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     Dave Rants & Raves, March 26, 2010

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Strange Science
By: Dave Johnson  

Strange Heat Production:  About 30 years ago I was part owner of a research and development company.  We were trying to develop a number of inventions as well as provide consulting engineering services.  We had a PhD physicist helping us with some of the more sticky technical issues.  One day the physicist showed me a copy of an engineering report he had obtained from a well-known engineering company in the Denver area.  The company asked us to review and comment on the report.  The report described a strange heat phenomenon, which had stumped some of their top engineers.

Since it has been over 30 years, I'm a little sketchy about the details, but I still remember most of the important data.  An inventor was developing a new type of propeller for use in high speed racing boats.  To test his props, he built a large water tank.  At one end of the tank he built a powerful engine, similar to the type used by the racing boats.  The shaft from the engine ran through a watertight seal that extended into the tank.  Connected to the shaft he had a number of sensors, which could measure the speed, torque and thrust of the propeller.  Using such a system he could test various propeller designs.  According to the report, the inventor noticed that after running the system for a while, the water in the tank became quite hot.  He was also having problems getting consistent speed and thrust measurements.  So, he asked for some help from a local engineering company, known for its experience in heavy industrial measurements.
The engineers quickly solved the inventor’s instrumentation problems but were intrigued by the rapid rise of temperature in the water tank.  They indicated in their report that the racing engine had its own closed circuit cooling system and did not use the water in the tank.  Their report went on to say that the only source of heat in the tank was the frictional heat from the spinning propeller.  They ran many experiments.  They carefully measured the volume of the water in the tank, the approximate heat loss through the tank walls and the rate of temperature rise of the water, as the propeller spun.  They repeated their tests several times and got similar results.  But, they could not explain the rapid rate of temperature rise, which seemed to exceed the shaft power multiplied by the operating time of the propeller.  The water temperature rise measurements even seem to exceed the estimate of the energy content of the fuel during a test session.  They were completely perplexed.  How could the temperature of the water in the tank increase at a rate higher than possible?  Their measurements seemed to violate the conventional laws of physics.  The inventor was not trying to sell his system as a water heater; he was trying to sell speedboat racing propellers.  So, there did not appear to be a motive to hide something, like an auxiliary heater some place.  The engineers double and triple checked all of their measurements and could not find any gross errors.  They walked away from the system shaking their heads.  They just could not figure out where they were making an error in their analysis of the system.  So, they sent a copy of their report to us to review.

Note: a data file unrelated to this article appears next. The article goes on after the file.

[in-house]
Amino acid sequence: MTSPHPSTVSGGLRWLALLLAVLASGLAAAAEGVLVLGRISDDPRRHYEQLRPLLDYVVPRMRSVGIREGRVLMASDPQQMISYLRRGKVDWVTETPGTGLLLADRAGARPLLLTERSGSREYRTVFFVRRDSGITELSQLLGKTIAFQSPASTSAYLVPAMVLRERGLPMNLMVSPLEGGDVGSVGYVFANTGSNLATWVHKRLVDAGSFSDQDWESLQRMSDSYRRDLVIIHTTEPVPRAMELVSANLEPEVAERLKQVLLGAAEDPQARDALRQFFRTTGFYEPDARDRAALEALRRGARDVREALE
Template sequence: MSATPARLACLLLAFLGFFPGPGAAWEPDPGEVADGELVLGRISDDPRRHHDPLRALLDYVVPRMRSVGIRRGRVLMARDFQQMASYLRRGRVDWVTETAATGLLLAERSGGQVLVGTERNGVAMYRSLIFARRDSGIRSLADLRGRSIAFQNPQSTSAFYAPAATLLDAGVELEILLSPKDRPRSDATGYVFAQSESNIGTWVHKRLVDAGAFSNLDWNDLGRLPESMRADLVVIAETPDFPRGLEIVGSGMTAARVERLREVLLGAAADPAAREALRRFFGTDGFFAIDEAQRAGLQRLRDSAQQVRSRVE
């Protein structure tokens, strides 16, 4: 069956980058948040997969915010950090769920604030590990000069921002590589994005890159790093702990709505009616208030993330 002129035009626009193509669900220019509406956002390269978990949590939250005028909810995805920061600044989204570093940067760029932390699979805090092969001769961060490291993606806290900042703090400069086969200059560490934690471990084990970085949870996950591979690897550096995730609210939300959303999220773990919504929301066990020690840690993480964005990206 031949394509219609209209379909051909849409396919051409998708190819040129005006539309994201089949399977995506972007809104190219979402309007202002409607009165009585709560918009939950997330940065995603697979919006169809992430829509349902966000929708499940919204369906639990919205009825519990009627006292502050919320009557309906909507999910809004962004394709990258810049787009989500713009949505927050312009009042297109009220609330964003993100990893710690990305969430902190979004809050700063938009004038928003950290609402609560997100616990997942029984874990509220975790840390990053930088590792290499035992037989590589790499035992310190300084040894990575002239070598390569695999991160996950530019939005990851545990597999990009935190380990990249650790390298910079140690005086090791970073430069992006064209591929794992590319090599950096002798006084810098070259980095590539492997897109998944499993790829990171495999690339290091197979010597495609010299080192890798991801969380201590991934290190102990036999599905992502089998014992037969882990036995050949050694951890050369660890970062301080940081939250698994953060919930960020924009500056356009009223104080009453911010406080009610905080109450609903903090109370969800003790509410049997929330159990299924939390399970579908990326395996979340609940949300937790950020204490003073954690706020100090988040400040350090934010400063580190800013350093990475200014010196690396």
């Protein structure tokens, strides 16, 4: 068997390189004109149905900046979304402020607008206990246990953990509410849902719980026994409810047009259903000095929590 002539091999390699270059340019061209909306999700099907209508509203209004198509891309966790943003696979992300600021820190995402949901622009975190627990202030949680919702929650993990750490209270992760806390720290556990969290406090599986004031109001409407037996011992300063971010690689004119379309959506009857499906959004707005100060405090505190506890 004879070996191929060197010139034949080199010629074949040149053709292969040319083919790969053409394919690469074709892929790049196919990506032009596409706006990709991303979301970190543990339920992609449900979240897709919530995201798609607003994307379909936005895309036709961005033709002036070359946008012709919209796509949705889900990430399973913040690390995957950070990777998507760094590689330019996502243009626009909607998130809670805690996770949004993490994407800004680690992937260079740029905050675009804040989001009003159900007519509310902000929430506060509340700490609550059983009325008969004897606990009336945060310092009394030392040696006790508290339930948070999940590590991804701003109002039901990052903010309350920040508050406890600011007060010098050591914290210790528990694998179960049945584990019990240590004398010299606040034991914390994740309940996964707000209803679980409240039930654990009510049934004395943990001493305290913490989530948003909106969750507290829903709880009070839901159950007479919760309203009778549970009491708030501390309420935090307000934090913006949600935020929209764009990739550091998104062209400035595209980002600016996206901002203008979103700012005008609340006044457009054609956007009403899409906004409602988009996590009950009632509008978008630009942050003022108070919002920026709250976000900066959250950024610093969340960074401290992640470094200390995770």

The PhD physicist and I looked over all the calculations but could not find any faults either.  I called this phenomenon “thermal tunneling” since it seemed like the water could be heated more rapidly than otherwise possible, like it “tunneled” its way through from one temperature to another.  It would have taken a large error in the measurements to explain the results.  The engineering company was well respected and we didn’t think their engineers could have missed something as simple as a X10 error in the water tank volume or an equal gross error in their temperature measurements.  Like them, we could only shake are heads and chalk it up to as something unknown.
Decades later, while searching on the Internet one day I ran across an interesting video about a company who also has a strange heating device.  If true, perhaps their machine is tapping into the same unknown thermal tunneling affect that the propeller used.  I have listed a link to this story below.  Let me know what you think.

April 2010     Issue 8

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Good Idea
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